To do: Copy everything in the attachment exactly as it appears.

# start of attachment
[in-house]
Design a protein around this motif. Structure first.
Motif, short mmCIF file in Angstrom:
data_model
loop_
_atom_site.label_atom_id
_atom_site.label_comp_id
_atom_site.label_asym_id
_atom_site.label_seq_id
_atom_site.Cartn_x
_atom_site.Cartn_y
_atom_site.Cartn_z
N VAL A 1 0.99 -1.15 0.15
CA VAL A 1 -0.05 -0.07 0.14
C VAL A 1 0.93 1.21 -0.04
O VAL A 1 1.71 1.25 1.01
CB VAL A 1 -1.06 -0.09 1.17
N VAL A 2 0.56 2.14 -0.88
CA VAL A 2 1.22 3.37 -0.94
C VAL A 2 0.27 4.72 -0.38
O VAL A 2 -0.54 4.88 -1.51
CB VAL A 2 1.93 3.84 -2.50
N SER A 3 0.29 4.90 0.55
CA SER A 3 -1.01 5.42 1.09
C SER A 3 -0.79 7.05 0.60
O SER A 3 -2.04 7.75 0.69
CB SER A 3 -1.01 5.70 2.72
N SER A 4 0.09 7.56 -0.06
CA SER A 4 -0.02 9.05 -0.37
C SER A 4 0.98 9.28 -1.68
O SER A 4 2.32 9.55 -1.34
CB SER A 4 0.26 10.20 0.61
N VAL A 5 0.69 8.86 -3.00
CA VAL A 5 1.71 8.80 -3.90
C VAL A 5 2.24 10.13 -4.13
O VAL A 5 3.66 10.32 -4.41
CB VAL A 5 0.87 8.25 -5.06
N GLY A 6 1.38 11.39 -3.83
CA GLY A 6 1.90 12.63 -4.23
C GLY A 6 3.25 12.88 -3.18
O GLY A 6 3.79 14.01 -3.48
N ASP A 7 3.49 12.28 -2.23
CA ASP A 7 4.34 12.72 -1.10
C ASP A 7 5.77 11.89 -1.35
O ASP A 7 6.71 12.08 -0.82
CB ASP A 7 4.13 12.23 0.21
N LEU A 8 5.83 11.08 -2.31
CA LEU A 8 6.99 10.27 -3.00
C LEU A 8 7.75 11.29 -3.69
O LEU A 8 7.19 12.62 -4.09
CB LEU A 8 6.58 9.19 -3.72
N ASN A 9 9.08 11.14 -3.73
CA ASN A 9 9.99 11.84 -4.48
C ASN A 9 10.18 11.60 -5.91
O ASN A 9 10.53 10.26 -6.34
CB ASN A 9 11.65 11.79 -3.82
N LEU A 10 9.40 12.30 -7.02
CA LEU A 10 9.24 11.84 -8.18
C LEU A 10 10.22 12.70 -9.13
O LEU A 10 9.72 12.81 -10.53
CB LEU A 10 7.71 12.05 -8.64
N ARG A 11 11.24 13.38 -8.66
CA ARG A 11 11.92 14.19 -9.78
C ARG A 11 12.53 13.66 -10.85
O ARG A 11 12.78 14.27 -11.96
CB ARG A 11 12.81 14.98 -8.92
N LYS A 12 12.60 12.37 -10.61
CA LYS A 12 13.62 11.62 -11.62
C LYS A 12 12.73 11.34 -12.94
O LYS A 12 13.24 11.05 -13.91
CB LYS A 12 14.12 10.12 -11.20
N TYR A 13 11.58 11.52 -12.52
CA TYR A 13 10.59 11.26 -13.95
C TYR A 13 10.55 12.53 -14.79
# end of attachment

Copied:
[in-house]
Design a protein around this motif. Structure first.
Motif, short mmCIF file in Angstrom:
data_model
loop_
_atom_site.label_atom_id
_atom_site.label_comp_id
_atom_site.label_asym_id
_atom_site.label_seq_id
_atom_site.Cartn_x
_atom_site.Cartn_y
_atom_site.Cartn_z
N VAL A 1 0.99 -1.15 0.15
CA VAL A 1 -0.05 -0.07 0.14
C VAL A 1 0.93 1.21 -0.04
O VAL A 1 1.71 1.25 1.01
CB VAL A 1 -1.06 -0.09 1.17
N VAL A 2 0.56 2.14 -0.88
CA VAL A 2 1.22 3.37 -0.94
C VAL A 2 0.27 4.72 -0.38
O VAL A 2 -0.54 4.88 -1.51
CB VAL A 2 1.93 3.84 -2.50
N SER A 3 0.29 4.90 0.55
CA SER A 3 -1.01 5.42 1.09
C SER A 3 -0.79 7.05 0.60
O SER A 3 -2.04 7.75 0.69
CB SER A 3 -1.01 5.70 2.72
N SER A 4 0.09 7.56 -0.06
CA SER A 4 -0.02 9.05 -0.37
C SER A 4 0.98 9.28 -1.68
O SER A 4 2.32 9.55 -1.34
CB SER A 4 0.26 10.20 0.61
N VAL A 5 0.69 8.86 -3.00
CA VAL A 5 1.71 8.80 -3.90
C VAL A 5 2.24 10.13 -4.13
O VAL A 5 3.66 10.32 -4.41
CB VAL A 5 0.87 8.25 -5.06
N GLY A 6 1.38 11.39 -3.83
CA GLY A 6 1.90 12.63 -4.23
C GLY A 6 3.25 12.88 -3.18
O GLY A 6 3.79 14.01 -3.48
N ASP A 7 3.49 12.28 -2.23
CA ASP A 7 4.34 12.72 -1.10
C ASP A 7 5.77 11.89 -1.35
O ASP A 7 6.71 12.08 -0.82
CB ASP A 7 4.13 12.23 0.21
N LEU A 8 5.83 11.08 -2.31
CA LEU A 8 6.99 10.27 -3.00
C LEU A 8 7.75 11.29 -3.69
O LEU A 8 7.19 12.62 -4.09
CB LEU A 8 6.58 9.19 -3.72
N ASN A 9 9.08 11.14 -3.73
CA ASN A 9 9.99 11.84 -4.48
C ASN A 9 10.18 11.60 -5.91
O ASN A 9 10.53 10.26 -6.34
CB ASN A 9 11.65 11.79 -3.82
N LEU A 10 9.40 12.30 -7.02
CA LEU A 10 9.24 11.84 -8.18
C LEU A 10 10.22 12.70 -9.13
O LEU A 10 9.72 12.81 -10.53
CB LEU A 10 7.71 12.05 -8.64
N ARG A 11 11.24 13.38 -8.66
CA ARG A 11 11.92 14.19 -9.78
C ARG A 11 12.53 13.66 -10.85
O ARG A 11 12.78 14.27 -11.96
CB ARG A 11 12.81 14.98 -8.92
N LYS A 12 12.60 12.37 -10.61
CA LYS A 12 13.62 11.62 -11.62
C LYS A 12 12.73 11.34 -12.94
O LYS A 12 13.24 11.05 -13.91
CB LYS A 12 14.12 10.12 -11.20
N TYR A 13 11.58 11.52 -12.52
CA TYR A 13 10.59 11.26 -13.95
C TYR A 13 10.55 12.53 -14.79